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May 25, 1934 - Image 1

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The Michigan Daily, 1934-05-25

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Editorials
The University -Alumni
Relationship Turned About

VOL. XLIV No. 172 ANN ARBOR, MICHIGAN, FRIDAY, MAY 25, 1934

PRICE FIVE CENTS

Active On Daily
Efroymson has held the positions'
of national advertising, contracts,
and circulation managers on the bus-
iness staff of The Daily during the
past year. He is a niember of Druids,
Alph'a Delta Sigma, honorary pro-
fessional advertising society, and Ze-
ta Beta Tau fraternity.
Van Vleck has served on The Daily
for three years and during the past
two semesters he was a night editor.
He is affiliated with Theta Delta Chi
fraternity, in addition to being a
member of Druids.
Leggett formerly worked on the
editorial staff of the Michiganensian.
He is also a member of Druids and of
Sigma Nu fraternity. Fehsenfeld is
on the Varsity swimming team and
affiliated with Sigma Chi fraternity.
Offiials Will
Be Present At
AlurmniMeeting
Large Representation Of
University Of Michigan
Clubs Expected
A group of officials headed'by Pres-
ident Alexander G. Ruthven will rep-
resent the University at the Fourth
National triennial meeting of the
Alumni Association in Grand Rapids
Friday and Saturday, June 1 and 2.
The University of Michigan Club
of Grand Rapids and the Association
of University Women will be hosts to
the visiting alumni.
The program will have particular
interest for alumni living in Michi-
gan and a large attendance from the
various University Clubs in the State
is expected.
The theme of the conclave will be
"How Best to Interpret the University
to the State" and will be discussed in
"panel" meetings headed by promi-
nent alumni.
Among the features of the program
will be a golf tournament. Teams of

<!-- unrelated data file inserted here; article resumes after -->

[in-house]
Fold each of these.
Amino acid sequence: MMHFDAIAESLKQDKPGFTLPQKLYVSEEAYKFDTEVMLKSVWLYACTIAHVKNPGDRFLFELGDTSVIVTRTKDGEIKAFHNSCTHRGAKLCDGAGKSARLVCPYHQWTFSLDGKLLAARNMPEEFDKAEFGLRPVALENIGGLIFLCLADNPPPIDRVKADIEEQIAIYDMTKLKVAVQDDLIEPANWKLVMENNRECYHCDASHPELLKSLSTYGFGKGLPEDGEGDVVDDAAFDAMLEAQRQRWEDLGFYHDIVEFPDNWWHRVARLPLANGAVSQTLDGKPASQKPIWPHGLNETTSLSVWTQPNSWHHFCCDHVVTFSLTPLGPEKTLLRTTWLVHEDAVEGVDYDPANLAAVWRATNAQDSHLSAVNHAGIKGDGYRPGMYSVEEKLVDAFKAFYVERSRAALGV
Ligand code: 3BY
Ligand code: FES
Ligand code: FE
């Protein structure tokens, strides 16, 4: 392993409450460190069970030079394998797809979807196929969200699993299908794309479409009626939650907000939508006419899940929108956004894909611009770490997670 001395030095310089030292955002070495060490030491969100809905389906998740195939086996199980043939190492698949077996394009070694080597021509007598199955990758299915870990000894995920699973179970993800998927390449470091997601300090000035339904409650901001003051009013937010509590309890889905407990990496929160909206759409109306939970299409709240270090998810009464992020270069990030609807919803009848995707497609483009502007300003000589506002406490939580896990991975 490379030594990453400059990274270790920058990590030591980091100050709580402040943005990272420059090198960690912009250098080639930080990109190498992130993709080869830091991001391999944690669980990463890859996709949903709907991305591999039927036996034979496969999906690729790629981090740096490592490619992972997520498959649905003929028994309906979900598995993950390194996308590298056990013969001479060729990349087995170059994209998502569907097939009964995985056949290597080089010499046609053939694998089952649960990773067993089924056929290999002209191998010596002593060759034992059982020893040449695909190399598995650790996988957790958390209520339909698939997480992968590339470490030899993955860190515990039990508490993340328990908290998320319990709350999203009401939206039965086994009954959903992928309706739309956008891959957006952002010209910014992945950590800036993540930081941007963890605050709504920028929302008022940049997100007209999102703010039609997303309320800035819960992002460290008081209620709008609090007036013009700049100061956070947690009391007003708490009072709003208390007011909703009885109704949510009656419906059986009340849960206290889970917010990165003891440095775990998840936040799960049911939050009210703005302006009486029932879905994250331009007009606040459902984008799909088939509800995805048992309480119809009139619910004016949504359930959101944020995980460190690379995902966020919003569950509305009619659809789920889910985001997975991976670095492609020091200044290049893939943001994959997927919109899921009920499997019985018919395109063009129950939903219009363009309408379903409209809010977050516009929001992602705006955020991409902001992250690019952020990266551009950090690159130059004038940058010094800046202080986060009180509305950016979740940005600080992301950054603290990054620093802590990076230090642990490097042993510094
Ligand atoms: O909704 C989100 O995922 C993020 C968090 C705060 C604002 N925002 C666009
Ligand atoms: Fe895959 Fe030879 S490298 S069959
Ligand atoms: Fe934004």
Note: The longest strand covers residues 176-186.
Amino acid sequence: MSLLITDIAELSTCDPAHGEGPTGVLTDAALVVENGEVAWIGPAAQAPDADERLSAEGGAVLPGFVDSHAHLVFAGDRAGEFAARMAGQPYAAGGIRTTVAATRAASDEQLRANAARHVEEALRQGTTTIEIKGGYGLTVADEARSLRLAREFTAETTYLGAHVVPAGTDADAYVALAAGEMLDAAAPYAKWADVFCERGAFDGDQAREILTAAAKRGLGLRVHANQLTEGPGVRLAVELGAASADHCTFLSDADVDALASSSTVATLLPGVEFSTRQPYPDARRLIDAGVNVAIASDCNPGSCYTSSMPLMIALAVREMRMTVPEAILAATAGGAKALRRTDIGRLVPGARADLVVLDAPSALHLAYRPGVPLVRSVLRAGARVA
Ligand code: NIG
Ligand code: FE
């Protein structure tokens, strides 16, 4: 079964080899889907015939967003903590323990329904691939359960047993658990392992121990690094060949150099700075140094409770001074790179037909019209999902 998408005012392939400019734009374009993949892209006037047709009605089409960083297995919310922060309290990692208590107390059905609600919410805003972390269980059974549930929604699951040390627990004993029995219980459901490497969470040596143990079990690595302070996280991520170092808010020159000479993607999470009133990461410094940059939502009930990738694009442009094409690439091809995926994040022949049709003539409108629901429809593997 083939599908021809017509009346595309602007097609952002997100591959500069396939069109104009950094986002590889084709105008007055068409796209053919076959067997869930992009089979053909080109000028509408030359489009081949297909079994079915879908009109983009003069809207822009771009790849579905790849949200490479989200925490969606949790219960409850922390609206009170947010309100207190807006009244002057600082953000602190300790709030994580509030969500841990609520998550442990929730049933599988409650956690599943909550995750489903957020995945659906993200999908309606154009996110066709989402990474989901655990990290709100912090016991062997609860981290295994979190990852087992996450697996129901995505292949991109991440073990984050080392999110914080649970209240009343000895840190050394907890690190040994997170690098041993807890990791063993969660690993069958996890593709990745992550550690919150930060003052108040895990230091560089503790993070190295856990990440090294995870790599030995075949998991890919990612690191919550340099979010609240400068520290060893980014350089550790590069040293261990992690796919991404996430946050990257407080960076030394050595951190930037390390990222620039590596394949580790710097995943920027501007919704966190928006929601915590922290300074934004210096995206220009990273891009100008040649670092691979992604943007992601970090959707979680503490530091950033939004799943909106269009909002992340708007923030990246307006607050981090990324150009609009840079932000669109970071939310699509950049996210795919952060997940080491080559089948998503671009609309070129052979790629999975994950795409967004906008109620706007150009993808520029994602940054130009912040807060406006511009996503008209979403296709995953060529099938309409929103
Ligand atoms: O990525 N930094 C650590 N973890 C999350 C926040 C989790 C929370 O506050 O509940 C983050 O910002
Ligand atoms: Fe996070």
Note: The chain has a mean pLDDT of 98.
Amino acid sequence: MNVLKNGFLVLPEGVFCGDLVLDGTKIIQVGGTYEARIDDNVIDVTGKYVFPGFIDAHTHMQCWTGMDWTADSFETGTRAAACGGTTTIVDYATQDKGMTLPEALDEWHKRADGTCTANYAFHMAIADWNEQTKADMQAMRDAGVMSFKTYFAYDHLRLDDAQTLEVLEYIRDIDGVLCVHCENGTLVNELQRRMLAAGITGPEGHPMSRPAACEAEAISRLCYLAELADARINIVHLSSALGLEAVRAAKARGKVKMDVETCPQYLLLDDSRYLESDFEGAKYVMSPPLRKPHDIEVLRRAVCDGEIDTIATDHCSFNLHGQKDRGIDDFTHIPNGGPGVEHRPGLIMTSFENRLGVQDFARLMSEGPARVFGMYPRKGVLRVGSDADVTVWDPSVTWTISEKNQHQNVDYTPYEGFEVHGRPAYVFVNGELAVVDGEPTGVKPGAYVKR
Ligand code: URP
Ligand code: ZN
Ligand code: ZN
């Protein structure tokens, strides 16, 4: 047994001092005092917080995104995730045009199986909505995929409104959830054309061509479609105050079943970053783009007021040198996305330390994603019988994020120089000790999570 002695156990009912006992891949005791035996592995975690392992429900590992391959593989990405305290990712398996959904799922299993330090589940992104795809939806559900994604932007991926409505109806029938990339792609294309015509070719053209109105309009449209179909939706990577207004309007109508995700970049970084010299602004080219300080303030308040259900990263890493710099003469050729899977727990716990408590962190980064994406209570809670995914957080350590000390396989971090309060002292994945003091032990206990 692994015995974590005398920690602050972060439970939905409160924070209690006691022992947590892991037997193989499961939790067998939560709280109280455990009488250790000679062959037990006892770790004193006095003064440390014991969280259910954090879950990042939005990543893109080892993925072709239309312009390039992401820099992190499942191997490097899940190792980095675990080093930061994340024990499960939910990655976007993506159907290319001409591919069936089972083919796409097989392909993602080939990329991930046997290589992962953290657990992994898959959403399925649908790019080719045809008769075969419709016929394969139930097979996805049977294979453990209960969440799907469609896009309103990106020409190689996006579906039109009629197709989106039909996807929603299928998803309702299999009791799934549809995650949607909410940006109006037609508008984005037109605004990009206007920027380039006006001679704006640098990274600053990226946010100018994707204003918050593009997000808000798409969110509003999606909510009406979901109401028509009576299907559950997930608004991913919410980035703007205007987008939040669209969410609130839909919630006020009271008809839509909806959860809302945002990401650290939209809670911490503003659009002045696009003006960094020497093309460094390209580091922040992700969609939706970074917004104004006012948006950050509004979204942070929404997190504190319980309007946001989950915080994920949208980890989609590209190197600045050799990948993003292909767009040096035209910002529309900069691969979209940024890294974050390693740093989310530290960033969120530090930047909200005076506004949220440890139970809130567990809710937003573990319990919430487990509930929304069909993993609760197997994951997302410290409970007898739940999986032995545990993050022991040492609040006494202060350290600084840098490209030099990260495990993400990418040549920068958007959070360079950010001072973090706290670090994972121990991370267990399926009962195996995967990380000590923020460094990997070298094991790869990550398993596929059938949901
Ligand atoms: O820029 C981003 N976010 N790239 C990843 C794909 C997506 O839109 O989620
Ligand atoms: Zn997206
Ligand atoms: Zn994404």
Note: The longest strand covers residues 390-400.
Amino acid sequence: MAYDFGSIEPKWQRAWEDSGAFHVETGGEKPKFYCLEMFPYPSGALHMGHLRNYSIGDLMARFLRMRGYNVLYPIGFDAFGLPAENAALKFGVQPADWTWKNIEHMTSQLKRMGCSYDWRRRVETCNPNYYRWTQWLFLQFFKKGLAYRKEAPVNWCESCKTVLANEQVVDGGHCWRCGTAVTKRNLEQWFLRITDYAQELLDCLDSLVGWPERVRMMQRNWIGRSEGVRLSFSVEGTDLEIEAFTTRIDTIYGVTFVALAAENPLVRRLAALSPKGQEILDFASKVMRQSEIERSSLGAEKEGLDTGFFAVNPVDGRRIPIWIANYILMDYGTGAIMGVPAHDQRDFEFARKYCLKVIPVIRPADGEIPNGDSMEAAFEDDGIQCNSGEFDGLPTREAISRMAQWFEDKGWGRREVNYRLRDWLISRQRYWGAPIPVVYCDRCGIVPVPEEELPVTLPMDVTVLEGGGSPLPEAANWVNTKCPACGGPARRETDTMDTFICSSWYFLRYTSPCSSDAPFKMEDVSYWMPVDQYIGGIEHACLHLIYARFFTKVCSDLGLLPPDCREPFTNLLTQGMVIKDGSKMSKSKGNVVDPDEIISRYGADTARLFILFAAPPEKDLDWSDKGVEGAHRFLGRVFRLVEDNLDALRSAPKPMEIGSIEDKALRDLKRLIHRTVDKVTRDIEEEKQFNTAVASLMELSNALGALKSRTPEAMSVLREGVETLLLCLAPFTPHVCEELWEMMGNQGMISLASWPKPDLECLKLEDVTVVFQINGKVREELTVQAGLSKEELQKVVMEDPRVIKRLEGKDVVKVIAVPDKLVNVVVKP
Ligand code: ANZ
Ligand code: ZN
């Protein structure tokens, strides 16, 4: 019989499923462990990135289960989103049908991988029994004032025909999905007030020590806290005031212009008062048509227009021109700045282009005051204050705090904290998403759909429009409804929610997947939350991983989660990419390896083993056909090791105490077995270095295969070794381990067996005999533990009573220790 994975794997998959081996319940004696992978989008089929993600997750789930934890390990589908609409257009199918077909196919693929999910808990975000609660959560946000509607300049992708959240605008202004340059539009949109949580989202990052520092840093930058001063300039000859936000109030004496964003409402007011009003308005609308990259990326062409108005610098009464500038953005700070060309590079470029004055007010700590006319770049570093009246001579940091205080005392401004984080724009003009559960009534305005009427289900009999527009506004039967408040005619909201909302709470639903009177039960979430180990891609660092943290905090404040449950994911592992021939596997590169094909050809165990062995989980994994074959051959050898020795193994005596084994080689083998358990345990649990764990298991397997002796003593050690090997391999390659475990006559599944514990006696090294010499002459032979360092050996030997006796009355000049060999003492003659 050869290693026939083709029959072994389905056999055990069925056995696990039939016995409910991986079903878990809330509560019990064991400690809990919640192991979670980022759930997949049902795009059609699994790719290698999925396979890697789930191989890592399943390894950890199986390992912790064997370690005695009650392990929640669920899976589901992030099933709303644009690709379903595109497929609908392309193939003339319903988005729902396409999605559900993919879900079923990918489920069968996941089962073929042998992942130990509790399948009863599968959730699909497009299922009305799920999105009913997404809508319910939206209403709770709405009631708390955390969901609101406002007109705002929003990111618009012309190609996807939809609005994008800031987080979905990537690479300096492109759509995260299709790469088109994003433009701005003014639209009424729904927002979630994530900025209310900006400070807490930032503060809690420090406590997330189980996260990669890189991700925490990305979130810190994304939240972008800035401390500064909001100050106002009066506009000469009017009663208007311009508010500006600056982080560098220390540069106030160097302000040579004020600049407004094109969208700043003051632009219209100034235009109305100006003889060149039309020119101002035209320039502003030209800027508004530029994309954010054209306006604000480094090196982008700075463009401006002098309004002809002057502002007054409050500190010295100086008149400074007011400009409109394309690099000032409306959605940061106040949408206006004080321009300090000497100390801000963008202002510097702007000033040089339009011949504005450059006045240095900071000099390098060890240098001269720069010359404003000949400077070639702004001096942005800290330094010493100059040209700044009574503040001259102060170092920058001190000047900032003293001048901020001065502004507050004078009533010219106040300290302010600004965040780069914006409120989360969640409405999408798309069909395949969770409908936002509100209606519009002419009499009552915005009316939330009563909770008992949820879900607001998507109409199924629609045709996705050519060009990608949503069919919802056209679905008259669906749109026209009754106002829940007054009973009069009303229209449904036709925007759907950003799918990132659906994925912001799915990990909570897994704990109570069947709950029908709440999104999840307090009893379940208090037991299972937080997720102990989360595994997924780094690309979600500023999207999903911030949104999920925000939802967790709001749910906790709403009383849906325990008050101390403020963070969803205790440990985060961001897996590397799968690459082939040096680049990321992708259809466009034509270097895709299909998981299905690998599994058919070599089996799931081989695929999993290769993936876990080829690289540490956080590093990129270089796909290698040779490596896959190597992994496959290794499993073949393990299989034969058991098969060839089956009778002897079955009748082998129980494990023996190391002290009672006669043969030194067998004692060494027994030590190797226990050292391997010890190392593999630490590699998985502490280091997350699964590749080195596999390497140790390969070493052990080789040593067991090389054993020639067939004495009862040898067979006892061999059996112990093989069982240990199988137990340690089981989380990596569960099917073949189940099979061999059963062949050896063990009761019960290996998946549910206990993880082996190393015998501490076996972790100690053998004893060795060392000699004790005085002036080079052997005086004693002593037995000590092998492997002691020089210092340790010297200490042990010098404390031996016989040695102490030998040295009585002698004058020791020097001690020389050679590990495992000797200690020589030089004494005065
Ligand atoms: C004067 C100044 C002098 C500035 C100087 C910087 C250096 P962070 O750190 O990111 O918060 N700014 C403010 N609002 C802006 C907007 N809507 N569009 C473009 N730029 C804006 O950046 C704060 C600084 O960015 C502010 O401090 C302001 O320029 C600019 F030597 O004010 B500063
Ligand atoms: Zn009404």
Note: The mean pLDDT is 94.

the Ninth District of the Alumni As-
sociation will be competing for the
James M. O'Dea Trophy, now held
1-#t.:, T~Yrma + ~l~. of f m.- 2 Tr

WASHINGTON, May 24. - (W)
The Blue Eagle emerged with
strengthened wings today from a
courtroom clash with an agent of the
Ford Motor Co.
Justice Daniel W. O'Donoghue of
the District of Columbia Supreme
Court held Ford was thwarting the
Recovery Act and that the govern-
ment did not have to buy his prod-
ucts.
"It would seem unreasonable that
the President should be compelled to
contract with any company, no matter
how wealthy or powerful, if that com-
pany is thwarting the recovery act
and defying the government to en-
force it," the court. declared.
"It is not reasonable that the gov-
ernment should be required to deal
with any company blocking this great
act of national recovery."
Justice O'Donoghue refused the ap-
plication of the Northwest Motor Co.
of Chevy Chase, Md., for an injunc-
tion to prevent the Interior and Agri-
culture departments from rejecting its
bids on approximately 1,000 Ford
trucks and automobiles.
The Ford Motor Co. has refused to
sign the NRA code for the automobile
industry.
Druids Initiate 26
Into Mystic Order
The Mystic Order of Druids last
night initiated 26 juniors into the or-
ganization. Those who were admitted
are :
Paul Babcock, Joseph R. Bailey, Jr.,
Chester C. Beard, Donald R. Bird,
William F. Borgmann, Arthur W.
Carstens, Lawrence G. Clay'ton, Wil-
lard M. Cornelius, Ralph G. Coulter,
O'Neil L. Dillon, Jack L. Efroymson,
Dexter Goodier, Jr., George N. Hall,
Frederick W. Hertrich, Jr., Willard H.
Hildebrand, Joseph S. Hume, Fred-
erick F. Jones, Lewis Kearns, George
F. Lawton, Herbert B. Leggett, Wil-
liam F. Morgan, A. Colton Park, H.
Clayton Paulson, Robert F. Rouse,
Sompson 4. Smith, and George B. Van
Vleck.
14 More Selected
For Honor Guard
Appointment of 14 Engineering Col
lege seniors to the Commencement
Honor Guard was announced yester-
day by Louis Westover, president of
the present senior engineering col-
lege class. Charles R. Burgess, '34E,
was appointed permanent alumni sec-
retary at the same time.
The list of honor guards follows:
Wesley W. McMullen, Charles R.
Burgess, Stanley W. Smith, Walter H.
Powers, William C. Hanway, Jack E
Salmon, Frederick S. Kohl, De Forest
H. Eveland, Stanley C. Killian, Na-
than S. Waring, Harry T. Tillotson,
Arthur H. Mosier, Robert L. Wells,
and Albert E. Little.
Senator Copeland Gives
Praise To State Police
LANSING, May 24. -(P)-Senator
Royal S. Copeland, of New York, crit-
ic o+f npanfiicemc in1ah+ir hut fnr ,!!

To Consider
Council Fate
NextTuesday
New Members Will Either
Abolish Body Or Make
Constitution Changes
B rsley In Favor
Of Reorganization
Plan To Make Complete
Revision Of Membership
To Be Proposed
The new members of the Under-
graduate Council, who will hold their
first meeting with the present council
at 4:30 p.m. Tuesday to decide the
fate of the council, will be faced with
two alternatives, according to Gilbert
E. Bursley, retiring president.
The new council members, who have
succeeded to positions either through
election or appointment to the head
position of a major campus organiza-
tion, will either vote the body out of
existence or will devise several con-
stitutional amendments to increase
the function and strengthen the per-
sonnel of the organization, he de-